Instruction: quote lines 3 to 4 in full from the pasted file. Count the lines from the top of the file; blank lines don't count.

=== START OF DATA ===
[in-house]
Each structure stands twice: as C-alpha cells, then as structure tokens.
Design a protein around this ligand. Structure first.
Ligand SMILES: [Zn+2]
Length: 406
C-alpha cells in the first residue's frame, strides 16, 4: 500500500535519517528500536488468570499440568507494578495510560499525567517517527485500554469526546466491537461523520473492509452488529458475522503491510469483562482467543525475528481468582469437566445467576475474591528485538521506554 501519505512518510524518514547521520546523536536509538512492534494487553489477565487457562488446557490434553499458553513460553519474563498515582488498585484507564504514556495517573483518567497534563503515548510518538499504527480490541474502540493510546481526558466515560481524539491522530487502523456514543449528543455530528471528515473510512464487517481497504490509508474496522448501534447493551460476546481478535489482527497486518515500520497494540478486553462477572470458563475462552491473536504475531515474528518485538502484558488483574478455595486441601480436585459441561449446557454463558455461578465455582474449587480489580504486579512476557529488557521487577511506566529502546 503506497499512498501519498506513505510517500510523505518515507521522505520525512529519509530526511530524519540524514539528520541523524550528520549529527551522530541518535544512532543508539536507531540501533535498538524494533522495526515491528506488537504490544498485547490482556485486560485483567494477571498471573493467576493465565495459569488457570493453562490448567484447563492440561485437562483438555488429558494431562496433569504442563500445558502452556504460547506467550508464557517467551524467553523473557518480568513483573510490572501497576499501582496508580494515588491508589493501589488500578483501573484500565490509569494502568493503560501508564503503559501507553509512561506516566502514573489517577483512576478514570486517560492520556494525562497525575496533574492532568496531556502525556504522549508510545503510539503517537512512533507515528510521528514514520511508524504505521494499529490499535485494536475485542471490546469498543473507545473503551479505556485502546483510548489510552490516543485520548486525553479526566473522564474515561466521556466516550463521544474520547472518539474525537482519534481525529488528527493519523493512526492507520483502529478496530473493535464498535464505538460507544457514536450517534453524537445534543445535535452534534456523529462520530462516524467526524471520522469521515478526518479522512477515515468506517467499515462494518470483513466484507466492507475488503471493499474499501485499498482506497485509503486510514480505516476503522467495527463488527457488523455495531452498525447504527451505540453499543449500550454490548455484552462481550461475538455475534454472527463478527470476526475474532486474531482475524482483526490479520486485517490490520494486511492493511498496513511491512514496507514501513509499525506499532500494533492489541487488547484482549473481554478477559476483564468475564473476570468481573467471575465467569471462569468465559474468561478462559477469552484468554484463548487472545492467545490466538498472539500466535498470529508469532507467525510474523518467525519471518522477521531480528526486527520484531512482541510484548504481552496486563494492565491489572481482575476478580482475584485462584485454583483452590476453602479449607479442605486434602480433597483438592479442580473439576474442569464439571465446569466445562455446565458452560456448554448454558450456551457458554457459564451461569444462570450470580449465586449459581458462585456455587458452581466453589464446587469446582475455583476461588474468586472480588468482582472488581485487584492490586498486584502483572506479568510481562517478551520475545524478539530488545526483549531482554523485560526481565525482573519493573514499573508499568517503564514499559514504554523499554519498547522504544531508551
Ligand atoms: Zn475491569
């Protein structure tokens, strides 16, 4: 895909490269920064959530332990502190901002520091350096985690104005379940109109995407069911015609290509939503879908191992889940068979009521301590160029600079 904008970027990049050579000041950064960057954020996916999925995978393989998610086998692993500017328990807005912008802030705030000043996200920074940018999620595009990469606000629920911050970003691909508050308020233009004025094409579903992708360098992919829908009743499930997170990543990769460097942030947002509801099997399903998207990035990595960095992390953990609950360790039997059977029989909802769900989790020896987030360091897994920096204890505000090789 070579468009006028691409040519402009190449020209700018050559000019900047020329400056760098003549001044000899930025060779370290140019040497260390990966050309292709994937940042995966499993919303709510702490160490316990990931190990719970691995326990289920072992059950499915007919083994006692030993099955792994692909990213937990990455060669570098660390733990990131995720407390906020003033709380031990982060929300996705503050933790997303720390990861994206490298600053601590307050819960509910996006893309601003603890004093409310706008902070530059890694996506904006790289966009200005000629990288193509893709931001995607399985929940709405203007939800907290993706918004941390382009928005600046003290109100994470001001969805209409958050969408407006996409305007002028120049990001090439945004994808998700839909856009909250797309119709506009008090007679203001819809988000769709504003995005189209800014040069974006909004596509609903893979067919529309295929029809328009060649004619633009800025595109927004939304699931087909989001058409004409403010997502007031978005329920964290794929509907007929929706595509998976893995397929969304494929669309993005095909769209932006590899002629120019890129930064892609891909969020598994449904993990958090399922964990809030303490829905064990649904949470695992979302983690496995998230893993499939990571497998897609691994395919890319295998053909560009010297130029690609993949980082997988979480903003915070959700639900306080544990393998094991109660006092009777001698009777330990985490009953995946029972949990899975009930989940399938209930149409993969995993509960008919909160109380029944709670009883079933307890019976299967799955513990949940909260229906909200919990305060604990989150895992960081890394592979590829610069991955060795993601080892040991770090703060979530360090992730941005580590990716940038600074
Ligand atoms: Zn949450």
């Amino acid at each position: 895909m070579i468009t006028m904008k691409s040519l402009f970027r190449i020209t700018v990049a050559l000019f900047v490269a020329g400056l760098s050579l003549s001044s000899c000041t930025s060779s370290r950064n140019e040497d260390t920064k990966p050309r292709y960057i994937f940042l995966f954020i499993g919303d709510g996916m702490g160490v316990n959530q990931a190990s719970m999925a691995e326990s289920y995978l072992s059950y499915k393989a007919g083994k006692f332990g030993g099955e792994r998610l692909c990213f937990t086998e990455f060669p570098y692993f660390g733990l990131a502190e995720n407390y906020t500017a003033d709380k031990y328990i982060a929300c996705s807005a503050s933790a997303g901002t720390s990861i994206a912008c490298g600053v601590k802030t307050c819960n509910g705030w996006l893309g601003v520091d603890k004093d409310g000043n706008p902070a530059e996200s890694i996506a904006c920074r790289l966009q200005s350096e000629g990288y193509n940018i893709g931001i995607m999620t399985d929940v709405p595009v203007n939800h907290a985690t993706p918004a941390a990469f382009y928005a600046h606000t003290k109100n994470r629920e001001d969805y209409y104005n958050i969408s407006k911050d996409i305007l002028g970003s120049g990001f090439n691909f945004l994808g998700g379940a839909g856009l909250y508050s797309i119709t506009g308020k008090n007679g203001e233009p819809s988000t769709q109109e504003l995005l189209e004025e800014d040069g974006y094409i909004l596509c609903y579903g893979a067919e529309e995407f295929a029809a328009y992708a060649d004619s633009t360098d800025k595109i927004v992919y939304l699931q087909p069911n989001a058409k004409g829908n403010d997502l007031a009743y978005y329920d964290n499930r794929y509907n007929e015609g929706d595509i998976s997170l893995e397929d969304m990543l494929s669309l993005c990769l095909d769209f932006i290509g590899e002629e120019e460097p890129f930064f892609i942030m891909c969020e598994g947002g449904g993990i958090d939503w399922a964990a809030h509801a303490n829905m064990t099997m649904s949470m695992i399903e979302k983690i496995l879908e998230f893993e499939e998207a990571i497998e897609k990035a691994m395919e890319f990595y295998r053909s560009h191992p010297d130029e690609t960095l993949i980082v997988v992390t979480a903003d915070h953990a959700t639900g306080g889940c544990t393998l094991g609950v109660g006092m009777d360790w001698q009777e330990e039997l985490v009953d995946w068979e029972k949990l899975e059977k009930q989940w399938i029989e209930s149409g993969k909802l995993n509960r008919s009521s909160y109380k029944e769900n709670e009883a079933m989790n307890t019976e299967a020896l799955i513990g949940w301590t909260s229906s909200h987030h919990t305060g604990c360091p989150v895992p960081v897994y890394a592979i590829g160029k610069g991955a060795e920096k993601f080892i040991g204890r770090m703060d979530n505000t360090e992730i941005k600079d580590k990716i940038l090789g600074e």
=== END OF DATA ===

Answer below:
Design a protein around this ligand. Structure first.
Ligand SMILES: [Zn+2]